So even if you accidentally buy longer strings, you can cut them to size with a pair of scissors. Just pay attention to the tuning they’re meant for.
Titanium strings are much more durable than nylon or fluorocarbon ones.
- They are also monofilament strings, but as they are made of metal, they are less likely to snap under pressure.
- The sound these strings provide is a bit brighter and louder. If you’re looking for a way to get more volume and projection from your uke, these should do the job just fine.
Steel ukulele strings are not that common for ukes as they are for acoustic guitars.
- The tension that’s applied on both the bridge and the body of the instrument when using this type of strings can lead to the uke being damaged.
Steel strings are most commonly used in hybrid instruments, such as guitar/ukulele or banjoleles, so if you’re not really that familiar with your ukulele, it’s best not to use steel strings.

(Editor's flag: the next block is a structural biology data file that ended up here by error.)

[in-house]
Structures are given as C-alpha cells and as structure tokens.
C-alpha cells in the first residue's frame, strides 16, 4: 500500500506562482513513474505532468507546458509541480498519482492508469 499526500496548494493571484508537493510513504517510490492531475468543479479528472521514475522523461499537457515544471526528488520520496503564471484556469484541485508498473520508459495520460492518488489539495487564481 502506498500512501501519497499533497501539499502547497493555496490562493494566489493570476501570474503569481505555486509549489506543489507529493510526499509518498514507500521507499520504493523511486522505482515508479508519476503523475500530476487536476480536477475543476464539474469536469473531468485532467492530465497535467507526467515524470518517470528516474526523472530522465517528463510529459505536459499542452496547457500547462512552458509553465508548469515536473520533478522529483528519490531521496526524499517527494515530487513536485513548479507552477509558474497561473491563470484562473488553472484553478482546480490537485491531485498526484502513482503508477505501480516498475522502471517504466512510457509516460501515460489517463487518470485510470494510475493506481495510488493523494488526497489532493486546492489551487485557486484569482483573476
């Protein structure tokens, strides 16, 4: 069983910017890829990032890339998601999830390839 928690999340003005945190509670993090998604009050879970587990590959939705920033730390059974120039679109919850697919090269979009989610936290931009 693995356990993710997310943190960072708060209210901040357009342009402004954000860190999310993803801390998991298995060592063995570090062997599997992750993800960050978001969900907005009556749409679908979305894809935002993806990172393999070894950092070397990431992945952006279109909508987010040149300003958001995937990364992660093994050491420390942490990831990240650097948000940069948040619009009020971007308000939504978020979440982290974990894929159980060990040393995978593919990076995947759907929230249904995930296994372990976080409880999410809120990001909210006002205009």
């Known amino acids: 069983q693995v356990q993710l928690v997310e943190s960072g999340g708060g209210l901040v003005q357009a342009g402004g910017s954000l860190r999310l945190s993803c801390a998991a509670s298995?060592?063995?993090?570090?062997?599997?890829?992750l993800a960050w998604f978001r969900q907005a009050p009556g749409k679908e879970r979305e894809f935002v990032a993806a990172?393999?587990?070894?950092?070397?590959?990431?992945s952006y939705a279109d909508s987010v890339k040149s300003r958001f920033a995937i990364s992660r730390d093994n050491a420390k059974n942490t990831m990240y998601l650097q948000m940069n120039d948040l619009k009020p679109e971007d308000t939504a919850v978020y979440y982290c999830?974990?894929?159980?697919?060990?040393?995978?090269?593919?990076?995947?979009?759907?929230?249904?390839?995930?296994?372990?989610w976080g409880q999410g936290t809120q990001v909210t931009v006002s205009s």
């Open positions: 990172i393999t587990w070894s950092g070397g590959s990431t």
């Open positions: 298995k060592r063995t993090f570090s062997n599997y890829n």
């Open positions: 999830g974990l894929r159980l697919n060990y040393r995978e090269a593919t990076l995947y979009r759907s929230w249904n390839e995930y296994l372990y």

Wound nylon strings
Wound nylon strings consist of two parts. An inner core that is made of nylon is wrapped with a polymer-made winding material.
- This type of strings is usually used for baritone or tenor ukes, as the two lower strings. They provide a somewhat deeper sound, which is a personal preference.
- The only downside of wound nylon strings would be the squeaky sound your fingers make when fretting these strings.
Wound metal strings
Wound metal ukulele strings have a metal core and winding material that surrounds it.
- These are primarily intended for larger ukes and when musicians need a boost in the lower end of the frequency range.
- Like wound nylon strings, these can also be a bit squeaky.
- Unlike nylon or fluorocarbon strings, cutting wound strings to the desired length can ruin them, as the wrapping material can start to unwrap.
So, what are the best ukulele strings for me? Well, it depends.
The main factor should be the sound you want your uke to have. Durability and overall performance can be more important than sound if you’re on a slightly tighter budget.
As we’ve just mentioned, a baritone or tenor uke can sound much better with wound strings, as they provide that needed bass.